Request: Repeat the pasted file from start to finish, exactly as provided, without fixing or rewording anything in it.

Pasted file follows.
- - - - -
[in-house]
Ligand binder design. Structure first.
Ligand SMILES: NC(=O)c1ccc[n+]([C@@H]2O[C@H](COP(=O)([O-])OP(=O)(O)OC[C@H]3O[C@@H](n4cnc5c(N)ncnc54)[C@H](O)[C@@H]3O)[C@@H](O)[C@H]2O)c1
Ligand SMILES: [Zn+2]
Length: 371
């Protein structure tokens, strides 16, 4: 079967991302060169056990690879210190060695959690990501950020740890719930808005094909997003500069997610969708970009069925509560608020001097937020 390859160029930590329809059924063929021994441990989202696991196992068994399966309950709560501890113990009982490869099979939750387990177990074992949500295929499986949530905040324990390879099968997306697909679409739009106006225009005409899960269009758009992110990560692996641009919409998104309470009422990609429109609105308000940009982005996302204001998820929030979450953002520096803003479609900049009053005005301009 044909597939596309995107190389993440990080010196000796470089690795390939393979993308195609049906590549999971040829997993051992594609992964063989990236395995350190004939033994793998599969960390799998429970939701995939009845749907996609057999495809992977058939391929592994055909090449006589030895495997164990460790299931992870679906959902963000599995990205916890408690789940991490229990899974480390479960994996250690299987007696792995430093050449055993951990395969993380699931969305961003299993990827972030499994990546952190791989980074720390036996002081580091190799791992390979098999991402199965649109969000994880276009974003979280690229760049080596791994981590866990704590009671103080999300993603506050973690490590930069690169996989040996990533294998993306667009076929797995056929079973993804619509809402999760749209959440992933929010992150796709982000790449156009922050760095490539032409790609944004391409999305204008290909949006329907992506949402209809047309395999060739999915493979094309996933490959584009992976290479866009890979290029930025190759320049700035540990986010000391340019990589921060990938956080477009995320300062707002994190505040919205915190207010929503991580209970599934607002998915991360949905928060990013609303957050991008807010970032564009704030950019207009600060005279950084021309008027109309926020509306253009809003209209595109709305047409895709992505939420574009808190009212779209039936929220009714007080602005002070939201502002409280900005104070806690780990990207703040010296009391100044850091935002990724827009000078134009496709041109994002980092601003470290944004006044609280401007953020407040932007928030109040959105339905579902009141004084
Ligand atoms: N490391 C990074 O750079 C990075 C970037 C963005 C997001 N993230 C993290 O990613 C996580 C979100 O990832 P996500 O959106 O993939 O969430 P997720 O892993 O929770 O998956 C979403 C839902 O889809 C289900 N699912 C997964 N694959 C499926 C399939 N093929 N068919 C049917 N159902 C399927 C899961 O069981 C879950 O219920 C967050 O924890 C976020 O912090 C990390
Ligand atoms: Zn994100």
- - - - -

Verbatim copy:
[in-house]
Ligand binder design. Structure first.
Ligand SMILES: NC(=O)c1ccc[n+]([C@@H]2O[C@H](COP(=O)([O-])OP(=O)(O)OC[C@H]3O[C@@H](n4cnc5c(N)ncnc54)[C@H](O)[C@@H]3O)[C@@H](O)[C@H]2O)c1
Ligand SMILES: [Zn+2]
Length: 371
């Protein structure tokens, strides 16, 4: 079967991302060169056990690879210190060695959690990501950020740890719930808005094909997003500069997610969708970009069925509560608020001097937020 390859160029930590329809059924063929021994441990989202696991196992068994399966309950709560501890113990009982490869099979939750387990177990074992949500295929499986949530905040324990390879099968997306697909679409739009106006225009005409899960269009758009992110990560692996641009919409998104309470009422990609429109609105308000940009982005996302204001998820929030979450953002520096803003479609900049009053005005301009 044909597939596309995107190389993440990080010196000796470089690795390939393979993308195609049906590549999971040829997993051992594609992964063989990236395995350190004939033994793998599969960390799998429970939701995939009845749907996609057999495809992977058939391929592994055909090449006589030895495997164990460790299931992870679906959902963000599995990205916890408690789940991490229990899974480390479960994996250690299987007696792995430093050449055993951990395969993380699931969305961003299993990827972030499994990546952190791989980074720390036996002081580091190799791992390979098999991402199965649109969000994880276009974003979280690229760049080596791994981590866990704590009671103080999300993603506050973690490590930069690169996989040996990533294998993306667009076929797995056929079973993804619509809402999760749209959440992933929010992150796709982000790449156009922050760095490539032409790609944004391409999305204008290909949006329907992506949402209809047309395999060739999915493979094309996933490959584009992976290479866009890979290029930025190759320049700035540990986010000391340019990589921060990938956080477009995320300062707002994190505040919205915190207010929503991580209970599934607002998915991360949905928060990013609303957050991008807010970032564009704030950019207009600060005279950084021309008027109309926020509306253009809003209209595109709305047409895709992505939420574009808190009212779209039936929220009714007080602005002070939201502002409280900005104070806690780990990207703040010296009391100044850091935002990724827009000078134009496709041109994002980092601003470290944004006044609280401007953020407040932007928030109040959105339905579902009141004084
Ligand atoms: N490391 C990074 O750079 C990075 C970037 C963005 C997001 N993230 C993290 O990613 C996580 C979100 O990832 P996500 O959106 O993939 O969430 P997720 O892993 O929770 O998956 C979403 C839902 O889809 C289900 N699912 C997964 N694959 C499926 C399939 N093929 N068919 C049917 N159902 C399927 C899961 O069981 C879950 O219920 C967050 O924890 C976020 O912090 C990390
Ligand atoms: Zn994100």